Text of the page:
Saibal Sen, TNN, Apr 5, 2011, 03.16am IST
KOLKATA: Illegal chit funds, a scourge in West Bengal, are back in a sneaky new disguise. Multi-level marketing firms are now luring unsuspecting depositors with promises of mammoth returns in the form of “products”. The booty, according to central and state authorities, runs into crores. What’s worse, the victims have no recourse. Even police give them no hope.
The few cases registered in South 24-Parganas and Nadia which have since been “referred” to CID have startling implications. Ninety depositors together lost close to `3 crore through one such scam, says a case being investigated by Sonarpur (South 24-Parganas) police (FIR No 87/2011). A similar case is being probed by Kalyani police (FIR No. 176/2011). In both cases, former government employees seemed to be the target. They invested their entire retirement benefits hoping for bonanza returns.
Huge as the scam already seems, it is only the tip of the iceberg, say sources.
Take the example of Sukumar Mahapatra, a former joint secretary (education). Running from pillar to post to get a complaint lodged and then get police act on it Mahapatra is exasperated. “I know there is little chance of getting back the `25 lakh I lost. At least police should try to put an end to this menace,” he said. “Moreover, if the victims are spread over the entire state, it does not make sense for local police to investigate. It should be probed by CID. But they are simply sitting over the complaints, emboldening the fraudsters,” he said.
Mahapatra’s son Sagnik who runs a web-development company in Jadavpur first fell into the trap. Investing in such a firm, he got his returns in the first few months. This spurred Sagnik’s mother an entrepreneur herself to invest in it. It was only sometime later that they realised the fraud. The first cheque of their returns bounced. They lodged a complaint.
Not everyone has gone to the police, though. A Krishnagar court upper-division clerk, who refused to be named, has lost `15 lakh his entire retirement benefits to the same MLM firm as Mahapatra’s kin. “There are 90 such victims, but not all are willing to come forward. In some cases, there is no basis on which the complaint can be lodged. The deal was done on the basis of mutual trust. They’ve always paid in cash and have not retained receipts for the payments made,” Mahapatra said.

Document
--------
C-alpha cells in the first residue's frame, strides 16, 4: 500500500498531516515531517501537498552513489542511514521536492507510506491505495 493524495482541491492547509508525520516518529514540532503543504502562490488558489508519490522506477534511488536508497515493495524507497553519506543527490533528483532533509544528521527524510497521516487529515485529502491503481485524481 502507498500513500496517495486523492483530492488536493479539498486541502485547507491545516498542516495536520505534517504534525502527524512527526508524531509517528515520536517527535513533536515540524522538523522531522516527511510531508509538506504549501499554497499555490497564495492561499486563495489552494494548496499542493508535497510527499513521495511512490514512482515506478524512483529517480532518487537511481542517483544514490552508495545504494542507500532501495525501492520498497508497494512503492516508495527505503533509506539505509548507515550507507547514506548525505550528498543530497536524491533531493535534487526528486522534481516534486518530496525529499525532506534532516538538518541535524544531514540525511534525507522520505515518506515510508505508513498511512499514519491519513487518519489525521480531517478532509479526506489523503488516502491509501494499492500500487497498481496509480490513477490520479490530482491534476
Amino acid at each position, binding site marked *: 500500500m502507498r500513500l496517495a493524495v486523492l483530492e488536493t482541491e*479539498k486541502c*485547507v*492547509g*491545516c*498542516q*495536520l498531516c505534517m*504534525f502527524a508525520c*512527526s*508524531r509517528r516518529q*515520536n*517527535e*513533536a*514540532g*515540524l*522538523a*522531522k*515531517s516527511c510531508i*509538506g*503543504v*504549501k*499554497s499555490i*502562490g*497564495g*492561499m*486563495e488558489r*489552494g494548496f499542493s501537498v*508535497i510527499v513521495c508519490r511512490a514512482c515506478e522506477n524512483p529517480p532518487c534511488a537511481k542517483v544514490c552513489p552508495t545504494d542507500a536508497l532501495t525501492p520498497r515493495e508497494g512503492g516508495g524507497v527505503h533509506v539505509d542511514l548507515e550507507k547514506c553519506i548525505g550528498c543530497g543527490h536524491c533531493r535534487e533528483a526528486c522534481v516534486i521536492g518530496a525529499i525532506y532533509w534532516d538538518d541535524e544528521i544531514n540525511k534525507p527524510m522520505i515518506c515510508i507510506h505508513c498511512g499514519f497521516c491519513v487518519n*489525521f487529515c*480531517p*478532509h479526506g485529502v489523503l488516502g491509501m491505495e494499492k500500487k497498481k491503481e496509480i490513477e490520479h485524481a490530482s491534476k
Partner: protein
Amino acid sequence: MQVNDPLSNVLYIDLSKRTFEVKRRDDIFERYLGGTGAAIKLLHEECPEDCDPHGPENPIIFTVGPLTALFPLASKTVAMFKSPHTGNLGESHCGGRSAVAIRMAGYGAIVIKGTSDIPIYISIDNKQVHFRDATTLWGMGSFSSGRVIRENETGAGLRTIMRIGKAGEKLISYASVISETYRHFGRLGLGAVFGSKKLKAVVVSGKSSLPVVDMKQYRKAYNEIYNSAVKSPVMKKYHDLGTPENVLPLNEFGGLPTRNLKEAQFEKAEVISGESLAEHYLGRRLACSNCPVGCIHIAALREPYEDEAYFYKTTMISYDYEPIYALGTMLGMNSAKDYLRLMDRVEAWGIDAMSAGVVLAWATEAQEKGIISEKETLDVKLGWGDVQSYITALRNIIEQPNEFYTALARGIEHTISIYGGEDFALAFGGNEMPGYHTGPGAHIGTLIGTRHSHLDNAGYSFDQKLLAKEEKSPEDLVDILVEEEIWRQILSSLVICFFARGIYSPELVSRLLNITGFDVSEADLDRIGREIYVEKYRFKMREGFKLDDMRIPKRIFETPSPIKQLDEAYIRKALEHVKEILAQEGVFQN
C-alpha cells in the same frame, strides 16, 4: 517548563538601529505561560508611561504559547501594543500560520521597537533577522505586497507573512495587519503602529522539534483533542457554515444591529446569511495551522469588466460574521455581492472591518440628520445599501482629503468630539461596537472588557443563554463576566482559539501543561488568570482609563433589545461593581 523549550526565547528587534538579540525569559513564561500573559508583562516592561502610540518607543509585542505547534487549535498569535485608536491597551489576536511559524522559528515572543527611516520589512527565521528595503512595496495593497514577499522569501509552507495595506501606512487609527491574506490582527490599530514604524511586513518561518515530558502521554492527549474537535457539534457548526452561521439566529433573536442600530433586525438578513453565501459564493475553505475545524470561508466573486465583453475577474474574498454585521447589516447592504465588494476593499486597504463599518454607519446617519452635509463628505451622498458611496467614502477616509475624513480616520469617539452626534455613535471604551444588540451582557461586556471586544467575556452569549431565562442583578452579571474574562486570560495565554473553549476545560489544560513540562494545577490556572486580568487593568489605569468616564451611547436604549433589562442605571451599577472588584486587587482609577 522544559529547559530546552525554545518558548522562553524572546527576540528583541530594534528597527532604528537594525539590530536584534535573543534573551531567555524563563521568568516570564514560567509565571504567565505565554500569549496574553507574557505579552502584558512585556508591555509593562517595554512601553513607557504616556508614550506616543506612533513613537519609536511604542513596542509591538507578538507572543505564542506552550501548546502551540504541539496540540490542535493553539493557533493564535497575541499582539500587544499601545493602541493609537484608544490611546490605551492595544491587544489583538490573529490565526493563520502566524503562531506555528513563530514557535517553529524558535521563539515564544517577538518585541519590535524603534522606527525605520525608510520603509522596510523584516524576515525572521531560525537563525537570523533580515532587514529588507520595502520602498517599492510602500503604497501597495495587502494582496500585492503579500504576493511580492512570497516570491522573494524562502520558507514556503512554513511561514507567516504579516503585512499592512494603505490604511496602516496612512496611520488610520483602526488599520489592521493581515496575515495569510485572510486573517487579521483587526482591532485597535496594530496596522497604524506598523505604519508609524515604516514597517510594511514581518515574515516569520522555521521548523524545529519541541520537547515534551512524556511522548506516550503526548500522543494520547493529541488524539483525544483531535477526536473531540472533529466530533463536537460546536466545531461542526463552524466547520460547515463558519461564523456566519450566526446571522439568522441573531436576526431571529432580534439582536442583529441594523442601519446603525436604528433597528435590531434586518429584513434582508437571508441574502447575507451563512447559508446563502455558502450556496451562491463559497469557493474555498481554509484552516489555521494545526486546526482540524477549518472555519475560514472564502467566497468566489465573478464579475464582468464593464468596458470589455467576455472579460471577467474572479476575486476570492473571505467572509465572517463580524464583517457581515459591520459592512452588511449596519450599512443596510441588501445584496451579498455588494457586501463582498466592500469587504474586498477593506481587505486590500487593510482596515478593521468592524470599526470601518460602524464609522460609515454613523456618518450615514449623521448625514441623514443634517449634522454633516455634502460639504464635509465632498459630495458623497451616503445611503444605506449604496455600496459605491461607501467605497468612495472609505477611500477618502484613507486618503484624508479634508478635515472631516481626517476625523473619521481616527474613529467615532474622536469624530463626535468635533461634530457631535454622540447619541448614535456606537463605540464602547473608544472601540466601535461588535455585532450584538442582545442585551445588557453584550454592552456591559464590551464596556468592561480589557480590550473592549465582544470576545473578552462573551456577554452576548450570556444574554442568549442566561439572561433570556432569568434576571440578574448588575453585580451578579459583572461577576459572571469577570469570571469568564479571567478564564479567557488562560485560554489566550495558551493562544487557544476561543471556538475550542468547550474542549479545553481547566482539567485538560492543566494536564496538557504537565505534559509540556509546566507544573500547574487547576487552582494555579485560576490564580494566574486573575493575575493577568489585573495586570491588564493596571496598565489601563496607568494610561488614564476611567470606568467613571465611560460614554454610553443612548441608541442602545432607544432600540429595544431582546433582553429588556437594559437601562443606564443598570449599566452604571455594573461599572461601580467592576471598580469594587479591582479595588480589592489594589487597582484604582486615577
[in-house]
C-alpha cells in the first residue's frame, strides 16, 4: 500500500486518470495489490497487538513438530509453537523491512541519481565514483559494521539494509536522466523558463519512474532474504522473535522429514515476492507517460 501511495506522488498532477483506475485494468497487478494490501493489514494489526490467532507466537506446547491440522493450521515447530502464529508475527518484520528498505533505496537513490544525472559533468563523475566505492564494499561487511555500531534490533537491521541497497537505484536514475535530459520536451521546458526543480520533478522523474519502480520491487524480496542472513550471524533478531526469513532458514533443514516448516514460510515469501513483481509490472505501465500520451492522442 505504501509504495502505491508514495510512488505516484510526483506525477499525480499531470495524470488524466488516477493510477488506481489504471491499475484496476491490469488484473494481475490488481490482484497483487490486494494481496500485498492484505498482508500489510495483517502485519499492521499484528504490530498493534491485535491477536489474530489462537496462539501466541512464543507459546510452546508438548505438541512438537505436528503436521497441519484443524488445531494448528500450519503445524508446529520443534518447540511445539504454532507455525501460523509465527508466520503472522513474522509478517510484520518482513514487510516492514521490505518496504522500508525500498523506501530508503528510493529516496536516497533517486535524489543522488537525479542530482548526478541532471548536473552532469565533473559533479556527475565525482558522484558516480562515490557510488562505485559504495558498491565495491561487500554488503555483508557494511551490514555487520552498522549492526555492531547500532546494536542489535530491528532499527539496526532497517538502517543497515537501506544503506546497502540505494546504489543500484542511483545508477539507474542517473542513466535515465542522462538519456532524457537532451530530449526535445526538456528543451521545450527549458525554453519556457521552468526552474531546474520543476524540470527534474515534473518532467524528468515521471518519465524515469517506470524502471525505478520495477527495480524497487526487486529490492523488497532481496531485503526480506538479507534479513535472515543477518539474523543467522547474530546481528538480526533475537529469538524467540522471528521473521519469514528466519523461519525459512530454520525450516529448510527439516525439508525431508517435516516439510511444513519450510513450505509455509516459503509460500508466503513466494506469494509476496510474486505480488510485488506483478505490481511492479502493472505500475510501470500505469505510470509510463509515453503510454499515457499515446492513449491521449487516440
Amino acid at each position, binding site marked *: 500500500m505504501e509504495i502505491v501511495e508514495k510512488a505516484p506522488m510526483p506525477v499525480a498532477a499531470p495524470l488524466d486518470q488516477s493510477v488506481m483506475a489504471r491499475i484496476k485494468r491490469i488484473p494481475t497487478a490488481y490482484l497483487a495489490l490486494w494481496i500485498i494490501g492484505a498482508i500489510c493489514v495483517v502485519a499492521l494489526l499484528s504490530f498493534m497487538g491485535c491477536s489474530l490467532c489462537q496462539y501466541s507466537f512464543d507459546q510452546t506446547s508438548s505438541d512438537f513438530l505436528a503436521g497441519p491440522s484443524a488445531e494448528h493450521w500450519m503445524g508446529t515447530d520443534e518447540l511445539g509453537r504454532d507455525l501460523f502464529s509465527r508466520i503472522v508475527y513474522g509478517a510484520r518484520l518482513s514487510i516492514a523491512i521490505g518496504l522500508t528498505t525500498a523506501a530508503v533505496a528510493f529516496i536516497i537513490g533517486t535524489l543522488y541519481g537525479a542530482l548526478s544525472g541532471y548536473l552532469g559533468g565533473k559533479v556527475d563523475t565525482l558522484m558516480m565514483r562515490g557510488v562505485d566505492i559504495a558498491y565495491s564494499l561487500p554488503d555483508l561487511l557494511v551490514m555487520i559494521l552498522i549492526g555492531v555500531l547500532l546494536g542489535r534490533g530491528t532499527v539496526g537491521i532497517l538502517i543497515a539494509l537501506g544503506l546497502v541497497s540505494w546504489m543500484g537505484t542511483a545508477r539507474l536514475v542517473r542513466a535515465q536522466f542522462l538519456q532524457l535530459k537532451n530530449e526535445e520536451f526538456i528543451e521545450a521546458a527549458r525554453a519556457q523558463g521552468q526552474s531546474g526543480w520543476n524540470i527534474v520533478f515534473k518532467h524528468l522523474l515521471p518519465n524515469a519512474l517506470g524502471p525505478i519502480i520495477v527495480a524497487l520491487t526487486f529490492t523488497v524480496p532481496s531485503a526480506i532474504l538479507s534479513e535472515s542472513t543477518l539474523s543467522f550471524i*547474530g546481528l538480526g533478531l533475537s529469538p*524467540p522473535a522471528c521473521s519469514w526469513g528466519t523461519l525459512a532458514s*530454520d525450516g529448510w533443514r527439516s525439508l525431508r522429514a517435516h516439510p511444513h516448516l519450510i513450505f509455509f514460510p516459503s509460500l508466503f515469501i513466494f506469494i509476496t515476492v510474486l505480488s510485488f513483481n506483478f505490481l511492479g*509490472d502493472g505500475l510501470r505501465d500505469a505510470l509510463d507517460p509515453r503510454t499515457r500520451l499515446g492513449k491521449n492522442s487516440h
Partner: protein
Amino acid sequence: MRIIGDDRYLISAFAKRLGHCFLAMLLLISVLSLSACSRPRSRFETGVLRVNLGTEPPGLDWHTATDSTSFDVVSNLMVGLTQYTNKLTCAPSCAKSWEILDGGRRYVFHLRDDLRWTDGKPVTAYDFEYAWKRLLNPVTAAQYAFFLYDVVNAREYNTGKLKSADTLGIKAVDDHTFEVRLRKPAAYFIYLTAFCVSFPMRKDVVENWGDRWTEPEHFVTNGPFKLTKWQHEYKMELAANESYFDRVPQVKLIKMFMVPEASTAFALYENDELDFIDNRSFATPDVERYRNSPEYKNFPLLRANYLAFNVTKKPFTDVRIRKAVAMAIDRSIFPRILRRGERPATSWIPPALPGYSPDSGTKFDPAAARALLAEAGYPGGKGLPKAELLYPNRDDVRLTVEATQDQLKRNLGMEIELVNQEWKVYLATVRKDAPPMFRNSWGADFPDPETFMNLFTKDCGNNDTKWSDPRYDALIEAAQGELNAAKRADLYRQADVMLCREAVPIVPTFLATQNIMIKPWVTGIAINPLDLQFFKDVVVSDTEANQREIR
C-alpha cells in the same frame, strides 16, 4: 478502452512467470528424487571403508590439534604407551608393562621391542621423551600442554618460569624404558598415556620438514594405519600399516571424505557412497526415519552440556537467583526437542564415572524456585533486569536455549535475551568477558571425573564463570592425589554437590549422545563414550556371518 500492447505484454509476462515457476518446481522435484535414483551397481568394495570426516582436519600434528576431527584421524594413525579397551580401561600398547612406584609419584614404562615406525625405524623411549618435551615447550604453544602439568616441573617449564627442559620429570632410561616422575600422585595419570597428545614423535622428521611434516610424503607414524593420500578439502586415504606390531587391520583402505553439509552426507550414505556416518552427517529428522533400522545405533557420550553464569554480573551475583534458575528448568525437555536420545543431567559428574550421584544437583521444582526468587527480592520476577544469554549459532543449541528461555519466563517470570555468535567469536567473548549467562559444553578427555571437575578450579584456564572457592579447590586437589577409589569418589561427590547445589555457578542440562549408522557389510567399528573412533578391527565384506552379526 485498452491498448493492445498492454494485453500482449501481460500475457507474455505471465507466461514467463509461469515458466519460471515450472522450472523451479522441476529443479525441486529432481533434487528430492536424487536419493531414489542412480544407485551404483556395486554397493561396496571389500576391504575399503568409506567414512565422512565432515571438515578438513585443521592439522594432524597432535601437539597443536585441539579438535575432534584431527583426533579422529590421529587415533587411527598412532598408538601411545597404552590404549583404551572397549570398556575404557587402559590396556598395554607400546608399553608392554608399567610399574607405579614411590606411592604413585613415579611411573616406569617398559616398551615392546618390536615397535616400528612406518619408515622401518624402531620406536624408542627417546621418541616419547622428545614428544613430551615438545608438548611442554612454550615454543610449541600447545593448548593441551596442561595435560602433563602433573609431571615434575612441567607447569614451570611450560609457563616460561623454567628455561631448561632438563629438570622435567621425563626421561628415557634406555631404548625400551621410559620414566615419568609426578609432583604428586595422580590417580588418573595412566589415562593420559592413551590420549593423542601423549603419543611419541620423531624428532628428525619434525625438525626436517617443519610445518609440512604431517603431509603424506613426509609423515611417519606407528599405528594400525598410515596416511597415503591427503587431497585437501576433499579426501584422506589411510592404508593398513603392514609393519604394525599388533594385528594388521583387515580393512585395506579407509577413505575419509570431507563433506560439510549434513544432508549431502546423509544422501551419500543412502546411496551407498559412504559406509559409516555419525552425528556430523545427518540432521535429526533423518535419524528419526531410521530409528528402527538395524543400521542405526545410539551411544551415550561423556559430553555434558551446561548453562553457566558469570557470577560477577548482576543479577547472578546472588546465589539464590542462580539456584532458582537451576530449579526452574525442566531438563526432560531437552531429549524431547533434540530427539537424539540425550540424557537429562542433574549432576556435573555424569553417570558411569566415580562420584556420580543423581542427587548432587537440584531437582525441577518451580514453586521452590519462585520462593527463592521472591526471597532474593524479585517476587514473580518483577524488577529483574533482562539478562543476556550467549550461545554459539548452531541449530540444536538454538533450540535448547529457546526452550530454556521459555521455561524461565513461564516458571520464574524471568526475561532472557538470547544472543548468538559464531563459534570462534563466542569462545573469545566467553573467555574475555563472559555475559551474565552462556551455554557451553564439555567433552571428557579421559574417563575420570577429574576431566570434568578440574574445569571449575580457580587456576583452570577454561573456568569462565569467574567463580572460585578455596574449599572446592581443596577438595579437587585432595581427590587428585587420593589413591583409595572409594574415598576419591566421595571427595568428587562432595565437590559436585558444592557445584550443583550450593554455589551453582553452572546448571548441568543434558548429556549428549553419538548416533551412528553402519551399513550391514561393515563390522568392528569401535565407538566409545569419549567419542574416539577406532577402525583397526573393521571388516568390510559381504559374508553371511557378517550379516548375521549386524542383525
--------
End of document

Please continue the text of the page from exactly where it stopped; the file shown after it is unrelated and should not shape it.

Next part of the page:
The modus operandi of these MLM firms is simple. The RBI, in an advisory sent to banks, says that the depositors usually make small cash deposits in accounts opened in several banks across the country. These funds, “running into crores” according to RBI, “were being pooled at the “principal accounts” of the MLM firms and the funds were eventually flowing out of the principal accounts for purposes apparently illegal or highly risky”.
RBI was first alerted to this modus operandi by the Orissa Crime Branch CID in 2009. The RBI says these firms managed to get a large number of bank cheque books by way of opening accounts. The MLM firms in turn issue post-dated cheques for small amounts to depositors. “People were depositing the money in the accounts of MLMs in places far away from where the accounts were actually opened. This was facilitated by the Core Banking Solution ( CBS) offered by the banks.
These go bust invariably. “The operations of these firms are essentially deposit-taking activities involving unusually high returns, the ongoing repayments of interest and deposit amounts in respect of existing deposits would depend on continuous and uninterrupted flow of fresh deposits with increasing volumes. Therefore, at some stage, the flow of deposits is bound to slow down and post-dated cheques tendered thereafter would bounce, due to inadequate funds available in the accounts,” RBI wrote to all banks on September 16, 2009.
The income tax department had also stumbled upon a similar MLM firm in January, 2011, run by three individuals based in Asansol. The I-T raids led to the seizure of cash, bank drafts and fixed deposits to the tune of
12.57 crore and detection of unaccounted income to the tune of150 crore. The IT disclosure also revealed another aspect these firms had appointed agents who enroll poor villagers in West Bengal, Orissa and adjoining areas for these schemes, promising returns between 12-15%. “In our case, one so-called agent, Saibal Ghosh, has himself lost several lakhs,” said Mahapatra.
On December 23, 2009, the state assembly unanimously passed the West Bengal Protection of Interest of Depositors in Financial Institutions Bill, 2009, which now awaits Presidential assent to be a law. The Bill envisages a life-term for all convicts.
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